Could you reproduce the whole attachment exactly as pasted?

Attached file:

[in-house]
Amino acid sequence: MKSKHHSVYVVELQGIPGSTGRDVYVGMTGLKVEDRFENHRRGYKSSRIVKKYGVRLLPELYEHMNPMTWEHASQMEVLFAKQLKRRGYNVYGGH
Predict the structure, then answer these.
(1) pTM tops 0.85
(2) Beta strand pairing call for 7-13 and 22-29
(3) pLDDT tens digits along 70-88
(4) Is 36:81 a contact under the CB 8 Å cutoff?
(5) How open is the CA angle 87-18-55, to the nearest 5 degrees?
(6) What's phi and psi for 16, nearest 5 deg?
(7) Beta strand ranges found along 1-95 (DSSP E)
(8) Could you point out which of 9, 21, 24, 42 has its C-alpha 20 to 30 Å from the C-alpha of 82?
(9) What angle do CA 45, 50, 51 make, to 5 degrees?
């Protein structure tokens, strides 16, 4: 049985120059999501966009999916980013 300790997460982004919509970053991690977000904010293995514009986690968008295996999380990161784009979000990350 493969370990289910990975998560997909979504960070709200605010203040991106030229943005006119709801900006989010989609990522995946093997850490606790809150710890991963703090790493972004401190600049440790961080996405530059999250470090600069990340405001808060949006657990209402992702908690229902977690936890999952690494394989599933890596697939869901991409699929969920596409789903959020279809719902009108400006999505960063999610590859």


[in-house]
Amino acid sequence: MKSKHHSVYVVELQGIPGSTGRDVYVGMTGLKVEDRFENHRRGYKSSRIVKKYGVRLLPELYEHMNPMTWEHASQMEVLFAKQLKRRGYNVYGGH
Predict the structure, then answer these.
(1) pTM tops 0.85
(2) Beta strand pairing call for 7-13 and 22-29
(3) pLDDT tens digits along 70-88
(4) Is 36:81 a contact under the CB 8 Å cutoff?
(5) How open is the CA angle 87-18-55, to the nearest 5 degrees?
(6) What's phi and psi for 16, nearest 5 deg?
(7) Beta strand ranges found along 1-95 (DSSP E)
(8) Could you point out which of 9, 21, 24, 42 has its C-alpha 20 to 30 Å from the C-alpha of 82?
(9) What angle do CA 45, 50, 51 make, to 5 degrees?
């Protein structure tokens, strides 16, 4: 049985120059999501966009999916980013 300790997460982004919509970053991690977000904010293995514009986690968008295996999380990161784009979000990350 493969370990289910990975998560997909979504960070709200605010203040991106030229943005006119709801900006989010989609990522995946093997850490606790809150710890991963703090790493972004401190600049440790961080996405530059999250470090600069990340405001808060949006657990209402992702908690229902977690936890999952690494394989599933890596697939869901991409699929969920596409789903959020279809719902009108400006999505960063999610590859």